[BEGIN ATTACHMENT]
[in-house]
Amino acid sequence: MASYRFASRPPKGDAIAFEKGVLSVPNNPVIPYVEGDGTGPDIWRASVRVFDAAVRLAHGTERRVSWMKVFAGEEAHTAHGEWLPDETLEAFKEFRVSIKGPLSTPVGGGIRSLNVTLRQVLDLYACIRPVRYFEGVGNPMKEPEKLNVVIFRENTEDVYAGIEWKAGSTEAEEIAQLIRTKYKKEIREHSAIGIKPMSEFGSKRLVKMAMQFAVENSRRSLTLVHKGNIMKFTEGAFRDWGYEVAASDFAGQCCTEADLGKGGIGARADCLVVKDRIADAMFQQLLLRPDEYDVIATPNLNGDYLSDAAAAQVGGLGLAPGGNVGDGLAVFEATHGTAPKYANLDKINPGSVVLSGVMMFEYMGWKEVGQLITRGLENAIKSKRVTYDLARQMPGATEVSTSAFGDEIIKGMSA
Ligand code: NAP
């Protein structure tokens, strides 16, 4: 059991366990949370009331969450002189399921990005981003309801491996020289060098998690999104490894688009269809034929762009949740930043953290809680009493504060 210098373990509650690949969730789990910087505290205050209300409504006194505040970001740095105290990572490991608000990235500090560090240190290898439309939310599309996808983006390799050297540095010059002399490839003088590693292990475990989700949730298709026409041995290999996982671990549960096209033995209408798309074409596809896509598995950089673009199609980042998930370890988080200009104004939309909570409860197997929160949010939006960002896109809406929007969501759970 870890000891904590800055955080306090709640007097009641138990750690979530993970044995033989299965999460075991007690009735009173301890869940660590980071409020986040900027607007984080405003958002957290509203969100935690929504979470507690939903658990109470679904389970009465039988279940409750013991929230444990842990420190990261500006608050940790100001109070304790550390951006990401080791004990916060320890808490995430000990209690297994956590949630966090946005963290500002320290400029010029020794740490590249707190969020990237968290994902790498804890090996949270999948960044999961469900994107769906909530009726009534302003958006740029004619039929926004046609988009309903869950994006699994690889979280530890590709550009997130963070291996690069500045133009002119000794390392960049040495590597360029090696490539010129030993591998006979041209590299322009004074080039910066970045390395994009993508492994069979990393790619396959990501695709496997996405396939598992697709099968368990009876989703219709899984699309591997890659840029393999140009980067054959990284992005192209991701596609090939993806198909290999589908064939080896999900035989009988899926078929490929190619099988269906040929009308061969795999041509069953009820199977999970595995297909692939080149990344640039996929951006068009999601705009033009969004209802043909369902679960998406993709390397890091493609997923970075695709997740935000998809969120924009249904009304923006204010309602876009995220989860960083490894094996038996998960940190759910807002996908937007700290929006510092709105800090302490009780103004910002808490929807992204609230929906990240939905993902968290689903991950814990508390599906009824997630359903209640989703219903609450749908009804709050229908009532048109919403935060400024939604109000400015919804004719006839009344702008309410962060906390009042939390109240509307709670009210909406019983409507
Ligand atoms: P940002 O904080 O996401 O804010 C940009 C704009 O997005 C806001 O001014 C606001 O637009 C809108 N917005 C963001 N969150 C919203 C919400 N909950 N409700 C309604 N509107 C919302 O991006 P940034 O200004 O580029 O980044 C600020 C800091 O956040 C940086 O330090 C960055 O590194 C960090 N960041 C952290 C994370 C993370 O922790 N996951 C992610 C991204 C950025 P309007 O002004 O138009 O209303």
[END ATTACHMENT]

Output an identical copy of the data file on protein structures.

[in-house]
Amino acid sequence: MASYRFASRPPKGDAIAFEKGVLSVPNNPVIPYVEGDGTGPDIWRASVRVFDAAVRLAHGTERRVSWMKVFAGEEAHTAHGEWLPDETLEAFKEFRVSIKGPLSTPVGGGIRSLNVTLRQVLDLYACIRPVRYFEGVGNPMKEPEKLNVVIFRENTEDVYAGIEWKAGSTEAEEIAQLIRTKYKKEIREHSAIGIKPMSEFGSKRLVKMAMQFAVENSRRSLTLVHKGNIMKFTEGAFRDWGYEVAASDFAGQCCTEADLGKGGIGARADCLVVKDRIADAMFQQLLLRPDEYDVIATPNLNGDYLSDAAAAQVGGLGLAPGGNVGDGLAVFEATHGTAPKYANLDKINPGSVVLSGVMMFEYMGWKEVGQLITRGLENAIKSKRVTYDLARQMPGATEVSTSAFGDEIIKGMSA
Ligand code: NAP
């Protein structure tokens, strides 16, 4: 059991366990949370009331969450002189399921990005981003309801491996020289060098998690999104490894688009269809034929762009949740930043953290809680009493504060 210098373990509650690949969730789990910087505290205050209300409504006194505040970001740095105290990572490991608000990235500090560090240190290898439309939310599309996808983006390799050297540095010059002399490839003088590693292990475990989700949730298709026409041995290999996982671990549960096209033995209408798309074409596809896509598995950089673009199609980042998930370890988080200009104004939309909570409860197997929160949010939006960002896109809406929007969501759970 870890000891904590800055955080306090709640007097009641138990750690979530993970044995033989299965999460075991007690009735009173301890869940660590980071409020986040900027607007984080405003958002957290509203969100935690929504979470507690939903658990109470679904389970009465039988279940409750013991929230444990842990420190990261500006608050940790100001109070304790550390951006990401080791004990916060320890808490995430000990209690297994956590949630966090946005963290500002320290400029010029020794740490590249707190969020990237968290994902790498804890090996949270999948960044999961469900994107769906909530009726009534302003958006740029004619039929926004046609988009309903869950994006699994690889979280530890590709550009997130963070291996690069500045133009002119000794390392960049040495590597360029090696490539010129030993591998006979041209590299322009004074080039910066970045390395994009993508492994069979990393790619396959990501695709496997996405396939598992697709099968368990009876989703219709899984699309591997890659840029393999140009980067054959990284992005192209991701596609090939993806198909290999589908064939080896999900035989009988899926078929490929190619099988269906040929009308061969795999041509069953009820199977999970595995297909692939080149990344640039996929951006068009999601705009033009969004209802043909369902679960998406993709390397890091493609997923970075695709997740935000998809969120924009249904009304923006204010309602876009995220989860960083490894094996038996998960940190759910807002996908937007700290929006510092709105800090302490009780103004910002808490929807992204609230929906990240939905993902968290689903991950814990508390599906009824997630359903209640989703219903609450749908009804709050229908009532048109919403935060400024939604109000400015919804004719006839009344702008309410962060906390009042939390109240509307709670009210909406019983409507
Ligand atoms: P940002 O904080 O996401 O804010 C940009 C704009 O997005 C806001 O001014 C606001 O637009 C809108 N917005 C963001 N969150 C919203 C919400 N909950 N409700 C309604 N509107 C919302 O991006 P940034 O200004 O580029 O980044 C600020 C800091 O956040 C940086 O330090 C960055 O590194 C960090 N960041 C952290 C994370 C993370 O922790 N996951 C992610 C991204 C950025 P309007 O002004 O138009 O209303």